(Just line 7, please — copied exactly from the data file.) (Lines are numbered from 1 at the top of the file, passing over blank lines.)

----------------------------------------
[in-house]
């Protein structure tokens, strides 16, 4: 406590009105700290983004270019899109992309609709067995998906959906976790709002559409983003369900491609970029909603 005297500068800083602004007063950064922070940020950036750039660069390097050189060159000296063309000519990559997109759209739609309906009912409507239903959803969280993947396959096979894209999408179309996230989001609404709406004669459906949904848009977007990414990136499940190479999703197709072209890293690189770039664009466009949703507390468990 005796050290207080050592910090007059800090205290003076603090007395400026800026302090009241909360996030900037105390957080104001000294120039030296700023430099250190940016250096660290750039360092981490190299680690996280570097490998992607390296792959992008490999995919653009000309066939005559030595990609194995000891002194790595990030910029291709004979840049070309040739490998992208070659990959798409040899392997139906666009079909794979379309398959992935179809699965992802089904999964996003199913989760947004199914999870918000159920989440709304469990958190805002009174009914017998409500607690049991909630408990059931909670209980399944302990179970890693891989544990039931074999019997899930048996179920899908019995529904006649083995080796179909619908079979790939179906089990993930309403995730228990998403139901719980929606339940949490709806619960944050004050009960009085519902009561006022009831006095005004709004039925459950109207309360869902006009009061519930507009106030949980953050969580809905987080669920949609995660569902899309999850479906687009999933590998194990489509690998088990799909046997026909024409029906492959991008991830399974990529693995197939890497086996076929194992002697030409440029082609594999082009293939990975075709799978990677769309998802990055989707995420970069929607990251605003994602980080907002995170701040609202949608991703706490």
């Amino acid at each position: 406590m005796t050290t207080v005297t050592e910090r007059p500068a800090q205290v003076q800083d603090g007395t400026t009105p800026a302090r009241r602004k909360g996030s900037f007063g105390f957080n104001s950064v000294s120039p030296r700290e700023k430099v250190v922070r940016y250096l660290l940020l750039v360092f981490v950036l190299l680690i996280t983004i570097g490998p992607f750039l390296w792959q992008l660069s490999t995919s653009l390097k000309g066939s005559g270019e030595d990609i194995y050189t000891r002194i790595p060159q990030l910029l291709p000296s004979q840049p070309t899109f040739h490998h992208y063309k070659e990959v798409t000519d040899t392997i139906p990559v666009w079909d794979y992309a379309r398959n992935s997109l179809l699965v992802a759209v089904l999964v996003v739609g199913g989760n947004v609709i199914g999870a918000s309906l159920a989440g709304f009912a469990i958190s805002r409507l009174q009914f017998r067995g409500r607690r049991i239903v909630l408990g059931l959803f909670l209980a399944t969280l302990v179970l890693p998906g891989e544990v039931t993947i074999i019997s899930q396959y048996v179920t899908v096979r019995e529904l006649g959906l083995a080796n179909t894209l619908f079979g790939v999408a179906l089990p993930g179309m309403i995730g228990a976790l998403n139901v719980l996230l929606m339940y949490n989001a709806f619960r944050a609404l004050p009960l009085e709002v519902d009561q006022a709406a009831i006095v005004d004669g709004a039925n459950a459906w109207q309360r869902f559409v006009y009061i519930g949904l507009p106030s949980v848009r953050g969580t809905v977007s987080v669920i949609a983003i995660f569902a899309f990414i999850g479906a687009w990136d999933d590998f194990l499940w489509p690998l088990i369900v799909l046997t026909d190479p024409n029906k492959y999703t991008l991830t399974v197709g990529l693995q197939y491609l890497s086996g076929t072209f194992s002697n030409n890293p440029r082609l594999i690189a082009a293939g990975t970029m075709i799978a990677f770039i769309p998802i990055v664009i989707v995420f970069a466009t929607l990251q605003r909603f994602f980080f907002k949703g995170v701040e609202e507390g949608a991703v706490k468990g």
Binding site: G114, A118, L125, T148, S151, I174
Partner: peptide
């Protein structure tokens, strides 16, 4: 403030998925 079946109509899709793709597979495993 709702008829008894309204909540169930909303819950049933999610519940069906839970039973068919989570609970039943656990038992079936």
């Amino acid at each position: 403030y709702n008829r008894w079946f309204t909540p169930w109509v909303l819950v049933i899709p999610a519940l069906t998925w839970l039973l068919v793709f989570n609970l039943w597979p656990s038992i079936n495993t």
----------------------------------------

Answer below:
């Amino acid at each position: 403030y709702n008829r008894w079946f309204t909540p169930w109509v909303l819950v049933i899709p999610a519940l069906t998925w839970l039973l068919v793709f989570n609970l039943w597979p656990s038992i079936n495993t």